6. jquiggin
    July 12th, 2007 at 13:08 | #6

    There’s a huge difference between being pro-technology and being pro-science. People like George Gilder, Glenn Reynolds, Tech Central Station and the whole technolibertarian movement illustrate this. They are pro-technology in a cargo cult fashion, but are happy to ditch specific scientific findings they find inconvenient, and fundamentally hostile to scientific method.

  7. July 12th, 2007 at 13:11 | #7

    al loomis,
    And the Democrats are lumbered with unionists, anti-free traders, socialists, trial lawyers and various other interest groups.
    Shock, Horror – Politicians pander to their supporters!
    Where is the news here?

  8. Andrew
    July 12th, 2007 at 15:12 | #8

    Nope – I don’t think there is. Methinks technology and science are very much inter-related. How can you be pro-technology but anti-science? You can’t have technology without science.

    Anyway – this is a silly debate.

    1) It is perfectably reasonable and indeed desirable to be able to support a political party without agreeing with all their policies. To say that it is impossible to be pro-republican and pro-science is a logical fallacy. Just because Joe doesn’t like Fred – doesn’t mean that I can’t be friends with both.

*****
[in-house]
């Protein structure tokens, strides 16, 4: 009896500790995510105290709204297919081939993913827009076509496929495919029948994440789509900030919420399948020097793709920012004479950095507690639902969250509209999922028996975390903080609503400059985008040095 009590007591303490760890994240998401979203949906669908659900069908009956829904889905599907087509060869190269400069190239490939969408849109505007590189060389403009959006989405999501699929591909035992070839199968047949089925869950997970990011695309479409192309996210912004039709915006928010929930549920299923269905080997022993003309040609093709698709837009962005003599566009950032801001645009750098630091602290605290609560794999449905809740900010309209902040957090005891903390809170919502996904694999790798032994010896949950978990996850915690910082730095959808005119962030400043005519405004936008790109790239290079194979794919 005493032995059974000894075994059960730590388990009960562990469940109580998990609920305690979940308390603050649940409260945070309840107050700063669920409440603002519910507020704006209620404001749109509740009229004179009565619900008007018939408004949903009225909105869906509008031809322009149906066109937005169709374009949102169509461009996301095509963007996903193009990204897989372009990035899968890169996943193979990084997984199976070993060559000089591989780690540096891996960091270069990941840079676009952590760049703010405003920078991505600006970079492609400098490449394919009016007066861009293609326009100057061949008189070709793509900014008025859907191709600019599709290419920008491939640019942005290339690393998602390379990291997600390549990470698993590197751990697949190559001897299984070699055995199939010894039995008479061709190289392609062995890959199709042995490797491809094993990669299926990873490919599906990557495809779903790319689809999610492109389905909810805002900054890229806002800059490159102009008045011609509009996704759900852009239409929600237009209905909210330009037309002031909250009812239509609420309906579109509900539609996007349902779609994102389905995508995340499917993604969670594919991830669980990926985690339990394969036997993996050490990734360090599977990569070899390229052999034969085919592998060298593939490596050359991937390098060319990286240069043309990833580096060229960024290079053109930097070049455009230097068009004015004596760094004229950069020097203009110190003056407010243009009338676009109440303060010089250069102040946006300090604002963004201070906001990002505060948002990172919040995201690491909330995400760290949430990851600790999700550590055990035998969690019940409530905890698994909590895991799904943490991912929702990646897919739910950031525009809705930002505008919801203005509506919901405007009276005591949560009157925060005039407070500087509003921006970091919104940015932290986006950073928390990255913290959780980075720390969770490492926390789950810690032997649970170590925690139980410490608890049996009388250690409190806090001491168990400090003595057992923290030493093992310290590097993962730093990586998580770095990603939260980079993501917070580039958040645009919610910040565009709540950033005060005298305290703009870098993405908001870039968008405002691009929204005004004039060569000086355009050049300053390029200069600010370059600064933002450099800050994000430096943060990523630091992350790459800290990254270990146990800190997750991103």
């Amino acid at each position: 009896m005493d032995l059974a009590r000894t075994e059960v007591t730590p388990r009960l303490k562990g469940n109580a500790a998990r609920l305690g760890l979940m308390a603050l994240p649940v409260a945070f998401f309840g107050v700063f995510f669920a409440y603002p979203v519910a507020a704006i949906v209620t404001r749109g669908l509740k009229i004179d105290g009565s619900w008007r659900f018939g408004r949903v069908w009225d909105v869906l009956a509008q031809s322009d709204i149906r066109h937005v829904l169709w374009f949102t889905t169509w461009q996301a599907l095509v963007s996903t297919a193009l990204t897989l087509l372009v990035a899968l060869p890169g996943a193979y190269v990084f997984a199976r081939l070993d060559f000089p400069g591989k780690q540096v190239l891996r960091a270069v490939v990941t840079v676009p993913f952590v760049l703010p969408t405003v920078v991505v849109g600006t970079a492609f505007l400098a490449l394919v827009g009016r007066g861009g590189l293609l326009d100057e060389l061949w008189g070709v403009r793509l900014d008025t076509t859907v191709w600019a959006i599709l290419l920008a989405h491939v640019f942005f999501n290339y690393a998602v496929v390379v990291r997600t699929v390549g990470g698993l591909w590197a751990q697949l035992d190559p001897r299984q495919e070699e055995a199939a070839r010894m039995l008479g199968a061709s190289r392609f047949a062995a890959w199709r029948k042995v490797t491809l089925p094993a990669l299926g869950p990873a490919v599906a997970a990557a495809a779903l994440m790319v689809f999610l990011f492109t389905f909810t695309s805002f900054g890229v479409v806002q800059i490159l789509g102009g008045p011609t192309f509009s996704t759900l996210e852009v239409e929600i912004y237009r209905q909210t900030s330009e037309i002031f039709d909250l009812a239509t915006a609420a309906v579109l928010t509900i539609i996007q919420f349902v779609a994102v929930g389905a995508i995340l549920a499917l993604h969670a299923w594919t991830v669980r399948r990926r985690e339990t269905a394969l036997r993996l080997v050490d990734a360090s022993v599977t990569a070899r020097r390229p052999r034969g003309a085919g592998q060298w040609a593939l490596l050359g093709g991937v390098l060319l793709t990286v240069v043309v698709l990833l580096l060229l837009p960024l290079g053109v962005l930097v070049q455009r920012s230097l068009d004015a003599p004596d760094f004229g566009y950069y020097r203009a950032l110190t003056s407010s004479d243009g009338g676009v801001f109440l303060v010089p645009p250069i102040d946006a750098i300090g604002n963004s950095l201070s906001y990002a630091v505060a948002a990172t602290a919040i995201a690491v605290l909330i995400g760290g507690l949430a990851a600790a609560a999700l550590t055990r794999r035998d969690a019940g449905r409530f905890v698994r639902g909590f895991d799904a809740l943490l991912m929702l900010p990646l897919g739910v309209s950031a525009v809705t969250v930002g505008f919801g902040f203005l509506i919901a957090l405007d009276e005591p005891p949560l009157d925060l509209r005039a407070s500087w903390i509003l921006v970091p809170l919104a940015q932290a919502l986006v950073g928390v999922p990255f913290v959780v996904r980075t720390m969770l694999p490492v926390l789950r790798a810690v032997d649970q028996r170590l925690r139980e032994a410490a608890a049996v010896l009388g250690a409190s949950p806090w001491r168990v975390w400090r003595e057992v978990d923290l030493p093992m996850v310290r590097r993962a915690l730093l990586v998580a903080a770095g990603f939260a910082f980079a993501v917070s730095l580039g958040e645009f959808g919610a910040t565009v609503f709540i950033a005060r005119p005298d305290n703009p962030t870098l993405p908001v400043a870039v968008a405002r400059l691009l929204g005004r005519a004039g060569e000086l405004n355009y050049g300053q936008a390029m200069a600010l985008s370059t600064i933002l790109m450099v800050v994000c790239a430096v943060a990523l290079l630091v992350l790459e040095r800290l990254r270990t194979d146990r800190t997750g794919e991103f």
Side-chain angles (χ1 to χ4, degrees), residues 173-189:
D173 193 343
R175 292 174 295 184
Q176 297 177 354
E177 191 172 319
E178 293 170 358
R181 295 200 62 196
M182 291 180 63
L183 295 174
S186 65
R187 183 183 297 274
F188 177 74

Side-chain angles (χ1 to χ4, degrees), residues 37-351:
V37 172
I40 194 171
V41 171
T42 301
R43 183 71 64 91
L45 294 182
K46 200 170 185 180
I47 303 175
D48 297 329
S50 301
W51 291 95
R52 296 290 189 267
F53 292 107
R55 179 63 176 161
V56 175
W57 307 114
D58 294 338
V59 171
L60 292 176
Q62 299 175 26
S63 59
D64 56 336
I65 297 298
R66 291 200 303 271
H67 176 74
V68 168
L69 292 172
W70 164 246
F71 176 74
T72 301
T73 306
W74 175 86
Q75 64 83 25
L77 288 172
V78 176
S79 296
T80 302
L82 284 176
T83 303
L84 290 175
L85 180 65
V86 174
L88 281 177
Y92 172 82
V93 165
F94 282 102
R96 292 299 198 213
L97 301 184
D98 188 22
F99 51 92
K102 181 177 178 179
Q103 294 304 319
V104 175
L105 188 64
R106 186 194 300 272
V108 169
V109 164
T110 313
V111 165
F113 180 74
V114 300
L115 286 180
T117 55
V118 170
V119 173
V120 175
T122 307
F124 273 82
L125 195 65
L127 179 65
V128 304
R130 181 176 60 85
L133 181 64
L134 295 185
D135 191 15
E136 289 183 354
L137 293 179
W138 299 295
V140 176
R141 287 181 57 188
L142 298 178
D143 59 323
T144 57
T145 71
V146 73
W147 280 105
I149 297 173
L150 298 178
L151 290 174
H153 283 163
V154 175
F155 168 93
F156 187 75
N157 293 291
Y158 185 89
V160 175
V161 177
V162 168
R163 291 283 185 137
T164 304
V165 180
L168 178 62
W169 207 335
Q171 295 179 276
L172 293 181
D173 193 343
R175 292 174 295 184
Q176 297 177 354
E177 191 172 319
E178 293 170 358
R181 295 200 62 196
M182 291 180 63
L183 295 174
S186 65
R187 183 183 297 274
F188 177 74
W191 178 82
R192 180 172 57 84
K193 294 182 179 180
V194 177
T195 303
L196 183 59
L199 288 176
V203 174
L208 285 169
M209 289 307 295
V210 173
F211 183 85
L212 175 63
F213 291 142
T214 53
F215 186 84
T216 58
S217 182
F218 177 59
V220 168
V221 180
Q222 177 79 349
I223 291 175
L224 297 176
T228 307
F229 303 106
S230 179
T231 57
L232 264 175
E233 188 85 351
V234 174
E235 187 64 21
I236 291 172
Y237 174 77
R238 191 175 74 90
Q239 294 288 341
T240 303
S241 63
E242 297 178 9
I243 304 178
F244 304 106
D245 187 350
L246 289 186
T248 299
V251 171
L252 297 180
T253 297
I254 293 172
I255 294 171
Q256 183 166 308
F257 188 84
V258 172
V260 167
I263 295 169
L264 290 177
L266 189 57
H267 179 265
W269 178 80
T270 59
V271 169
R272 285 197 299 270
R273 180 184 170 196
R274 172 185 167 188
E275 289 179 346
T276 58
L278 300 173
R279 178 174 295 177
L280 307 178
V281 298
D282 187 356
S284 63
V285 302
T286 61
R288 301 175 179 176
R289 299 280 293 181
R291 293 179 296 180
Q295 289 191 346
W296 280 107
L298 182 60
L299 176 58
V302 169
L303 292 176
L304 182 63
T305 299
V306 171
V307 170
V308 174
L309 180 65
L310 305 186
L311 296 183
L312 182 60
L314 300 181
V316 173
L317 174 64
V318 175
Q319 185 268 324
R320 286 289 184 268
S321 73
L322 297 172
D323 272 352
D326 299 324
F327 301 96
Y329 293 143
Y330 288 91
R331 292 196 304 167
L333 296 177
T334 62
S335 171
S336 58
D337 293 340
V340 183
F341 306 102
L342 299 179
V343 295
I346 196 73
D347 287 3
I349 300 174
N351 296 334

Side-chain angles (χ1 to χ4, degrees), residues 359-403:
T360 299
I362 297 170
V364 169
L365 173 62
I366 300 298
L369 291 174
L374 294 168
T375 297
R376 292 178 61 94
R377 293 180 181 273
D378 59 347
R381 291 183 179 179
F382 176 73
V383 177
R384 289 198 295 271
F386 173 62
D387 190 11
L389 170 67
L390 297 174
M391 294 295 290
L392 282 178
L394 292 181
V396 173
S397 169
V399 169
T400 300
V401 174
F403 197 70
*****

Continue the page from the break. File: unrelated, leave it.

2) To say that someone in the modern age is anti-science is also strange. I doubt that Bin Laden is totally anti-science and he’d like us all to be living under a pre-industrial age Sharia law regime.

  9. Sinclair Davidson
    July 12th, 2007 at 17:13 | #9

    This ‘Republicans hate science’ story is good ideology, but is hard to sustain. While I did enjoy Mooney’s book (and the CT seminar) the biggest complaint scientists seem to have is that they don’t get enough respect. They still get heaps of dollars (in the US). Looking at US data for Federal Outlays for General Science, Space and Other Technology it looks like funding has increased since Mr Bush became President. That is hard to reconcile with the republicans hate science argument we hear so much about.

  10. Ken Miles
    July 12th, 2007 at 17:54 | #10

    It’s not that they don’t fund it, but rather there is a massive concentration of ideologues who, when reality conflicts with their views, chose to disbelieve reality.

  11. Sinclair Davidson
    July 12th, 2007 at 18:17 | #11

    That doesn’t make sense. Why fund something you don’t believe? Do you really think the US Republicans are that dumb?

    The increased funding for science is totally inconsistent with this ‘war’. To the extent public science maximises budget, they are doing very well. To the extent they want to maximise influence, perhaps, not so well. Yet it is hard to explain why less influential people are getting more money.